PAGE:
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Doctors Warn That Supreme Court Decision on Generic Drug Liability Harms Patients

By November 23, 2012July 16th, 2019Uncategorized

According to an opinion piece that was recently published in the New England Journal of Medicine, doctors are calling for a close to a legal loophole that lets generic drug makers off the hook for drug injuries that patients suffer. This loophole was created when the Supreme Court ruled that generic drug makers don’t have to change their warning labels to include information that their brand name counterparts don’t include.

The doctors that wrote this piece (Drs. Aaron S. Kesselheim, Jerry Avorn and Jeremy A. Greene) were specifically worried about how this loophole can hurt patients taking generic drugs. While the FDA seems to believe that the Supreme Court’s upheld rules regarding drug labelling were not meant to stop the drug makers from making new warnings on the labels, that issue is clearly allowing the drug companies to downplay side effects with immunity from prosecution. Judge Clarence Thomas stated that it was congress’ job to do something about that. What this generally means is that when it comes to liability issues for the harmful drugs, drug makers blame the Supreme Court for its immunity while judges that rule to dismiss the generic drug lawsuits blame congress. In the end, it is clearly the patient that suffers.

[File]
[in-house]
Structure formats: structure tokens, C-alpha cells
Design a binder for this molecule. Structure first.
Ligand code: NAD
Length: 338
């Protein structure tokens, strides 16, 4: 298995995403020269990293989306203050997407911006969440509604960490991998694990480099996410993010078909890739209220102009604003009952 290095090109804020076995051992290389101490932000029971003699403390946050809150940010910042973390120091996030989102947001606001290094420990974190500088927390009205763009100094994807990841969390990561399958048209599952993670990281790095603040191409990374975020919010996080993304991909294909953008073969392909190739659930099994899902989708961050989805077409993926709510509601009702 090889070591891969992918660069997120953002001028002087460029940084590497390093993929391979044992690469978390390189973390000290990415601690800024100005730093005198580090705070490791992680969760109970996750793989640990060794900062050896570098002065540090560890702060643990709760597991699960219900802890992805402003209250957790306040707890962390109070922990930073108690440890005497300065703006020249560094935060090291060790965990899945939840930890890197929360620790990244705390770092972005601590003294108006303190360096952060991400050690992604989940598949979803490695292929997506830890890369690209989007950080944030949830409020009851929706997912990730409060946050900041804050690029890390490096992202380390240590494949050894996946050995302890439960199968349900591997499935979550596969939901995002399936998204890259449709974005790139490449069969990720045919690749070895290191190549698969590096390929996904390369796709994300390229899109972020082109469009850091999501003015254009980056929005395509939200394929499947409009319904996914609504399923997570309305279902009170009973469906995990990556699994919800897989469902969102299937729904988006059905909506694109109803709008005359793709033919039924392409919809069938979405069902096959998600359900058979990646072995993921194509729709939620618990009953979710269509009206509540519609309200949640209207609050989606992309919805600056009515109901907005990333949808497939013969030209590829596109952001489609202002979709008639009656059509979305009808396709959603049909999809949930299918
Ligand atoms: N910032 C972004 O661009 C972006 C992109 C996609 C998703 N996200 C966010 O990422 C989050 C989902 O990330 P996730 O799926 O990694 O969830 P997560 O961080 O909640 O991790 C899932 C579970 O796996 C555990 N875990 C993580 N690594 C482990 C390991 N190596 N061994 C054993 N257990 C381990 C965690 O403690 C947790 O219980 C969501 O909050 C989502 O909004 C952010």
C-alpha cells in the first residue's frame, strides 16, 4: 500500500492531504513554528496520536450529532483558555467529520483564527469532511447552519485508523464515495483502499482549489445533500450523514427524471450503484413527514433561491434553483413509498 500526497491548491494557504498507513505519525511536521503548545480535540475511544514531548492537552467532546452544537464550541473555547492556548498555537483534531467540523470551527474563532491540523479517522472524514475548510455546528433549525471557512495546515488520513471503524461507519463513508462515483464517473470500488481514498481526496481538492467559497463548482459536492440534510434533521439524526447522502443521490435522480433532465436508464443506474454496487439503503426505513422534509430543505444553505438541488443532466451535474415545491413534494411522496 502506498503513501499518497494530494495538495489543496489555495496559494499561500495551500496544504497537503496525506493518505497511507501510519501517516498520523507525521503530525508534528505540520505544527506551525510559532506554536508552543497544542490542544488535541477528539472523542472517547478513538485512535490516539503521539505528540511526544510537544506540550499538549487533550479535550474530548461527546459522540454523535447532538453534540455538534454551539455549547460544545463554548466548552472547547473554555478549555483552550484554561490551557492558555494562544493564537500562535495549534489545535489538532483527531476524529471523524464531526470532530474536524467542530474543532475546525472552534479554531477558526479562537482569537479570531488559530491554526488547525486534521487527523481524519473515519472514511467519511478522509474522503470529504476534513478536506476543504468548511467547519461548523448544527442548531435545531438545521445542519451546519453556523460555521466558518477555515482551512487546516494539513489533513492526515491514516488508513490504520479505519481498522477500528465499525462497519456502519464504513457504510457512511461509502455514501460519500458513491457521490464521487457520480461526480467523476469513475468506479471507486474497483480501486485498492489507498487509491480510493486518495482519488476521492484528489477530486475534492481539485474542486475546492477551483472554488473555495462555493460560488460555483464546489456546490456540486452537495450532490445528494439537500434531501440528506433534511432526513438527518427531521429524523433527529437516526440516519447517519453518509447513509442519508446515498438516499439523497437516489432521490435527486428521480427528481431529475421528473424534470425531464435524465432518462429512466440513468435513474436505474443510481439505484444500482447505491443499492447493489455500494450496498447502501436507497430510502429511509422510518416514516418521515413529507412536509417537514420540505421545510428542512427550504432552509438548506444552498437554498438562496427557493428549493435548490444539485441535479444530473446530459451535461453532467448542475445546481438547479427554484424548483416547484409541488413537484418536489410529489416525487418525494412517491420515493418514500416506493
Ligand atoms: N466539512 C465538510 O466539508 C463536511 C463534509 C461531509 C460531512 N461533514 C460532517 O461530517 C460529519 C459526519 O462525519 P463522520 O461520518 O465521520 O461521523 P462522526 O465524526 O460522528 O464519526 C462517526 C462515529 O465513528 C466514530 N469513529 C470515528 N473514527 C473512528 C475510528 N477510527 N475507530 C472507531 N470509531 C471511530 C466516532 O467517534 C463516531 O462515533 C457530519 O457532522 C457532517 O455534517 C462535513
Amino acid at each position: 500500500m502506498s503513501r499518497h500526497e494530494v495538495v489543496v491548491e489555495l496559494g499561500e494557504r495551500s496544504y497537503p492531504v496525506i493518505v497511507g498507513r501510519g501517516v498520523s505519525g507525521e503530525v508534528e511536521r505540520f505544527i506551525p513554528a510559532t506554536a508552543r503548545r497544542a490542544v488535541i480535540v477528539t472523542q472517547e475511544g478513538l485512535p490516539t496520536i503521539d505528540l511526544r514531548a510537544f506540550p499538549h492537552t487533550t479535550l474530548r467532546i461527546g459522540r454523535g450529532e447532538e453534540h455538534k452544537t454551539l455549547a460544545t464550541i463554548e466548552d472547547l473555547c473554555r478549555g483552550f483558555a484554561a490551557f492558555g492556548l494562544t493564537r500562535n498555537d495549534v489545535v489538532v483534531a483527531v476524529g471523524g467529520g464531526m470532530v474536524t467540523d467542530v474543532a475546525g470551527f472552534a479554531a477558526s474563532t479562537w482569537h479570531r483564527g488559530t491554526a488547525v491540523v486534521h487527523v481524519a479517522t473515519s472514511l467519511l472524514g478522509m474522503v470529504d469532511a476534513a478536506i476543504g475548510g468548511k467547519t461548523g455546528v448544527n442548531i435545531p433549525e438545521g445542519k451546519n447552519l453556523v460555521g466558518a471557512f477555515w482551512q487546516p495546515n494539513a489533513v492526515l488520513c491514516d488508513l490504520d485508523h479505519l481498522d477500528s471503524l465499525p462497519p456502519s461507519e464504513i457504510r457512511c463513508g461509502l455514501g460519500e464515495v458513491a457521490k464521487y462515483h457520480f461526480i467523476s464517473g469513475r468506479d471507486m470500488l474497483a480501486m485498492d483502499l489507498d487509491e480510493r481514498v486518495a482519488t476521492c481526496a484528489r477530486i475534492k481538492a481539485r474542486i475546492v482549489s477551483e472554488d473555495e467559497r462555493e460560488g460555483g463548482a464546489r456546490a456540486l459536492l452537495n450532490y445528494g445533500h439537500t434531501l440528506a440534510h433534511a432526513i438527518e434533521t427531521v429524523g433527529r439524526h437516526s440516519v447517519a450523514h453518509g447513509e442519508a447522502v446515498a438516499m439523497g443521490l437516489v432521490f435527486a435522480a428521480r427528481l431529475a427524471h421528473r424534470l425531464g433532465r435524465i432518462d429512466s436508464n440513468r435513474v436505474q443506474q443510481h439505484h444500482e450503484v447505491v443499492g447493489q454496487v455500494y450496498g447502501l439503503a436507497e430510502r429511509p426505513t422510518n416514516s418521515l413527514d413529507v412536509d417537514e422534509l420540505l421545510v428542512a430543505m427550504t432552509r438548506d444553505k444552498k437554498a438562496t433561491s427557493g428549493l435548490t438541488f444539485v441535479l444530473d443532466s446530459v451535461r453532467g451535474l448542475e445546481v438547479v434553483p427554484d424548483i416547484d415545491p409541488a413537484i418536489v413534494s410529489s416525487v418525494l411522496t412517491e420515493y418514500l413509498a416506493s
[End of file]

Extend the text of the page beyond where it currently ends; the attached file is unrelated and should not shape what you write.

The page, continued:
Two of the most common drug manufacturers to be let off on this legal loophole are Teva and Pliva, both of which manufacture the generic version of Reglan. Reglan is an acid reflux drug that causes patients to develop tardive dyskinesia and other neurological conditions. The Supreme Court’s ruling has allowed judges to dismiss lawsuits alleging liability of generic manufacturers of Reglan. Some attorneys have changed their lawsuit to focus on the brand name manufacturers of the drug, Wyeth based on Wyeth providing the warnings for Reglan. Two courts have allowed these lawsuits to proceed while to date at least 5 courts have rejected this theory of liability. It will be quite a while before the courts definitively rule on this new theory of liability and it may take another opinion of the U.S. Supreme Court to resolove this issue.